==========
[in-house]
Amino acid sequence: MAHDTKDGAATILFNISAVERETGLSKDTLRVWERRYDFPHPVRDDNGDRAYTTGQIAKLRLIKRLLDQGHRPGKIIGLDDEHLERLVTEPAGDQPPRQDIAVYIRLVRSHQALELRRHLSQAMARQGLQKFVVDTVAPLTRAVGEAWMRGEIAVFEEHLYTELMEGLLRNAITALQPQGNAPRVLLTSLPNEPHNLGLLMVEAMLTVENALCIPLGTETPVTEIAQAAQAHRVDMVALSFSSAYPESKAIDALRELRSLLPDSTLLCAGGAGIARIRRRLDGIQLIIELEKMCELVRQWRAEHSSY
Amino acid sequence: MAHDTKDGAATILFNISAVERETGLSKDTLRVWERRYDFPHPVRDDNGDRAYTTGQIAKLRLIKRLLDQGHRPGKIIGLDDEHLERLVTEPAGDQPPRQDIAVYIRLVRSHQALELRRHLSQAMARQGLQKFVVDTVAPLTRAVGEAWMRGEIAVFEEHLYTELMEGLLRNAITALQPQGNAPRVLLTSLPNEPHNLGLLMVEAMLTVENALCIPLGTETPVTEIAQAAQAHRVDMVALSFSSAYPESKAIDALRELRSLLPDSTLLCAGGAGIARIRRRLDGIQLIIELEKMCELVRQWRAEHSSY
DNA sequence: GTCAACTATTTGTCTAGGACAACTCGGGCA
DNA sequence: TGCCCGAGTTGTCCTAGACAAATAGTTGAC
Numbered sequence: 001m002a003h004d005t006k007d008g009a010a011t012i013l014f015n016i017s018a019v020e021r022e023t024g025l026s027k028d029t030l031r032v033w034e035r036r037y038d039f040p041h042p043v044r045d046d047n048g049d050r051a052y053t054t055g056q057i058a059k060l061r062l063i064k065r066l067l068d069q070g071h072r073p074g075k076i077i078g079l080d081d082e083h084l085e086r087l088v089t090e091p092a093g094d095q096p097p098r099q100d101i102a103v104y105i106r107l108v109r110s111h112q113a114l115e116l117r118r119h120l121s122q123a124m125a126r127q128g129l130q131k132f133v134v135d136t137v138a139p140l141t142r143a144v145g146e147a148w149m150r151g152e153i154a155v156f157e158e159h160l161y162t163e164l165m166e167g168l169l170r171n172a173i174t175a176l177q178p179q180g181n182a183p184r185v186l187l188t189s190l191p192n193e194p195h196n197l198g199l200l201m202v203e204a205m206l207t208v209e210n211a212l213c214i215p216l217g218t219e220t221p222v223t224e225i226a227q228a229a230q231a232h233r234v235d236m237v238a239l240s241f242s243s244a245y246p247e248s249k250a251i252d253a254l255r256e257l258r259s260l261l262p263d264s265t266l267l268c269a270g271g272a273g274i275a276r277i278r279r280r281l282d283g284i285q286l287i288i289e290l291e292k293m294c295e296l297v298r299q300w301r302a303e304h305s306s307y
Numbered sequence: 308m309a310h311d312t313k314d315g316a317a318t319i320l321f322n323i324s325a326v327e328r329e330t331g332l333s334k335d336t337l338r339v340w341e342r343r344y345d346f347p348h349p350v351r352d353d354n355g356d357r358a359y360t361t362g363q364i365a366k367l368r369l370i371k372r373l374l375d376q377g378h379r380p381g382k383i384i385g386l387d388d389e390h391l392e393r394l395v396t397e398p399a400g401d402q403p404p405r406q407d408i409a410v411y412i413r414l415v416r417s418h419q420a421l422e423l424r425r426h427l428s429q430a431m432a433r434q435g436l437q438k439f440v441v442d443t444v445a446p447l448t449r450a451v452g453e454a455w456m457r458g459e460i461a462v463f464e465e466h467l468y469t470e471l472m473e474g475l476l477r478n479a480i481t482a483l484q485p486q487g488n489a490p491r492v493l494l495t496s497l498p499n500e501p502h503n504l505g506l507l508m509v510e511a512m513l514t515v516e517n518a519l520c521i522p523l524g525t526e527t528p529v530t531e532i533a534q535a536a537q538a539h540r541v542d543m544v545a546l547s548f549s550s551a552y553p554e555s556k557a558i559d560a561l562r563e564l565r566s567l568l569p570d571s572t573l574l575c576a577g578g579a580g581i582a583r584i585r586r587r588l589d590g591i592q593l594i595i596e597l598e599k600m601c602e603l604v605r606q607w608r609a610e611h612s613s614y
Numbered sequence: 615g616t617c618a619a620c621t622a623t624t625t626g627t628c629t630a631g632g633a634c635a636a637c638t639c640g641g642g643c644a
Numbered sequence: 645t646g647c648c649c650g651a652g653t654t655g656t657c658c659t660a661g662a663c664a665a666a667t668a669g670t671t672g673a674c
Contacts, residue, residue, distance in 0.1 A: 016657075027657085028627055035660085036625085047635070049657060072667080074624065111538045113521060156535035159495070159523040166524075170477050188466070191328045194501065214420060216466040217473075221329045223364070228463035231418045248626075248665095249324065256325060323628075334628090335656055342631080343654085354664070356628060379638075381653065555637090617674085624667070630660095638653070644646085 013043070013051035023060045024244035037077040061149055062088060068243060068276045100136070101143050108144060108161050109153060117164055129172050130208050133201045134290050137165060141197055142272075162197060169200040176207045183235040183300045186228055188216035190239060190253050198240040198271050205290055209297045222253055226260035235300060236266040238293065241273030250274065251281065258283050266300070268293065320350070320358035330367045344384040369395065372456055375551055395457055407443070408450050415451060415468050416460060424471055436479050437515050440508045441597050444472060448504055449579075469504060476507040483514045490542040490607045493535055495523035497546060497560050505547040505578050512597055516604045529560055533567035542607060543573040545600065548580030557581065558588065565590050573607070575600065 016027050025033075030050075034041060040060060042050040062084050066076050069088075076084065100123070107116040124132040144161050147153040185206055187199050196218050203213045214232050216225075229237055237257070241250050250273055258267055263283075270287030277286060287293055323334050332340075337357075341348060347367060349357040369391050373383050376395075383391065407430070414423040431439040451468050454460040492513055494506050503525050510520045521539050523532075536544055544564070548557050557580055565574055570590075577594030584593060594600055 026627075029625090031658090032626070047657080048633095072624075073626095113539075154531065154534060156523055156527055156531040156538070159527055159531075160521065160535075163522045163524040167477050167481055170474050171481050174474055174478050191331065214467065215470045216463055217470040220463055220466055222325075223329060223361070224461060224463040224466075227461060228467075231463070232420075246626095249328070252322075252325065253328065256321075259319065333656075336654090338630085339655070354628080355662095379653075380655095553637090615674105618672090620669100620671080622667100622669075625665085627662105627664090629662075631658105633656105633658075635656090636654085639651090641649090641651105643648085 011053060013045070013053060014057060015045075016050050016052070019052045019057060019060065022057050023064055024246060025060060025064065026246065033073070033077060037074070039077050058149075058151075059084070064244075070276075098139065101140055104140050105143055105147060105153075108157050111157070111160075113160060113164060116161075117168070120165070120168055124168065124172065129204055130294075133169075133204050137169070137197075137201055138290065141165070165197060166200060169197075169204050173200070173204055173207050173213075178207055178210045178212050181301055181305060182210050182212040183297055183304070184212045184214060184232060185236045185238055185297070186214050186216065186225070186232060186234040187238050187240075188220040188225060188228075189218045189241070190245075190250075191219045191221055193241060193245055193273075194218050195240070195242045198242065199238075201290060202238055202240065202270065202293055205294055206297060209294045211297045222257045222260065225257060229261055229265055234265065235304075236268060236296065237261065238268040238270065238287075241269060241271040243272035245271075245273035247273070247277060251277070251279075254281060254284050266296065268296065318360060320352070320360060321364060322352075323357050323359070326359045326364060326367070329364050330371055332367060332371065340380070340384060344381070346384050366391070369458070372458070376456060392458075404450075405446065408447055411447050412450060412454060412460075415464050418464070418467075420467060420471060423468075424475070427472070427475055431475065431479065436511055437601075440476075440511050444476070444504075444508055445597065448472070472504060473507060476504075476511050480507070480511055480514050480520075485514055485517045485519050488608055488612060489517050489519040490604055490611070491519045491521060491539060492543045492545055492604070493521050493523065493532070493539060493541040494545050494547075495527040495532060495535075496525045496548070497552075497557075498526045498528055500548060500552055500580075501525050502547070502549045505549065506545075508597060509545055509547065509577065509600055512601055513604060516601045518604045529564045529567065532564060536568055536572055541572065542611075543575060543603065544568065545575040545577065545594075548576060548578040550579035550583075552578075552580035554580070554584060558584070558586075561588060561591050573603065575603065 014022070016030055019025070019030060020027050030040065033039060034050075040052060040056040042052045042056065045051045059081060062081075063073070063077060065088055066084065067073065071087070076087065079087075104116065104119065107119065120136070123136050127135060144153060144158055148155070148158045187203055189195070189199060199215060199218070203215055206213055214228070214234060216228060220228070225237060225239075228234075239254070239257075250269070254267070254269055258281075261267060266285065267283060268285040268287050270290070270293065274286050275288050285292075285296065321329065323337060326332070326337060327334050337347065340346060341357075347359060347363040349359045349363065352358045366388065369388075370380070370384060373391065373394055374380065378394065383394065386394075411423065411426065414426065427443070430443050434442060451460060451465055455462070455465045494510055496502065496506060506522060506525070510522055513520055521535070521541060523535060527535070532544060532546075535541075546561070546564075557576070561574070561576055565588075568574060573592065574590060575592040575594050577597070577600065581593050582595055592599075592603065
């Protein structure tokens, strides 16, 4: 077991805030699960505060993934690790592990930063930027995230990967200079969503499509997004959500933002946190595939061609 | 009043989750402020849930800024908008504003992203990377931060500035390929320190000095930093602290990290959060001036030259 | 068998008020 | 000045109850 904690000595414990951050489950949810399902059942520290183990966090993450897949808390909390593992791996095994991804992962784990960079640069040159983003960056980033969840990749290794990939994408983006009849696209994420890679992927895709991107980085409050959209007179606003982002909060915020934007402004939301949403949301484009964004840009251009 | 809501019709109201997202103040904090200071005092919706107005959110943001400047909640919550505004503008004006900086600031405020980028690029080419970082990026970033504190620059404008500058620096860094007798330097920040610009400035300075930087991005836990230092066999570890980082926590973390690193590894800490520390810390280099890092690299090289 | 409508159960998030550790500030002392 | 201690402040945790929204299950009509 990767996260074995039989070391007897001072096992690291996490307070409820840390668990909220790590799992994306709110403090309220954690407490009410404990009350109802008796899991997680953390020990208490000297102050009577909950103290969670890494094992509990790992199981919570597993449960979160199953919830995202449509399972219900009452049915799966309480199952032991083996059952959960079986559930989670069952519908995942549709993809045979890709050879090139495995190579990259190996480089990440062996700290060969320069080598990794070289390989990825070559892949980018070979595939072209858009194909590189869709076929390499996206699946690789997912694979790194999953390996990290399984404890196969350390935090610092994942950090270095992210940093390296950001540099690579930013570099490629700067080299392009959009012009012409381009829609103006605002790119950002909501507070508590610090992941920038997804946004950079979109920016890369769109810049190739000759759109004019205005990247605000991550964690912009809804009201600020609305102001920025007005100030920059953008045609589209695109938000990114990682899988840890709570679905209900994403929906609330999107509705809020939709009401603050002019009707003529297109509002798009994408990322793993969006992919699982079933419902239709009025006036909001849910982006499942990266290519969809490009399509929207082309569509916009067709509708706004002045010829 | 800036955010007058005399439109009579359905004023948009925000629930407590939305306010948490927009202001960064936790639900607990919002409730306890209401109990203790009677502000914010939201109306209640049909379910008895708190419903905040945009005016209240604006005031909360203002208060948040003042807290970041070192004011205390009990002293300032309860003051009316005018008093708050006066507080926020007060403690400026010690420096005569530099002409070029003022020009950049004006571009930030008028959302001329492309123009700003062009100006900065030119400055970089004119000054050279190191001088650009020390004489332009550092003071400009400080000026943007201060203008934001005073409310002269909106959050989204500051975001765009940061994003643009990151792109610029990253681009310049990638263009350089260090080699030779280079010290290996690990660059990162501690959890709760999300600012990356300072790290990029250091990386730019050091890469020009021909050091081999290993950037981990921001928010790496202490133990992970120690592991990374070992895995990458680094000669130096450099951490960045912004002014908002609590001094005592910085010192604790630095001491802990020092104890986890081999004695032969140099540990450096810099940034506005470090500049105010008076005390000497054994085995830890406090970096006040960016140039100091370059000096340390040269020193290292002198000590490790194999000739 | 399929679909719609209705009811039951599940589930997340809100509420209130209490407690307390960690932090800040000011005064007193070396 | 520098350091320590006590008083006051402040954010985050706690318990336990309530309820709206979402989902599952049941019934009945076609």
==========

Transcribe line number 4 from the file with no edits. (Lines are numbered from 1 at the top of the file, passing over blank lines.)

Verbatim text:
DNA sequence: GTCAACTATTTGTCTAGGACAACTCGGGCA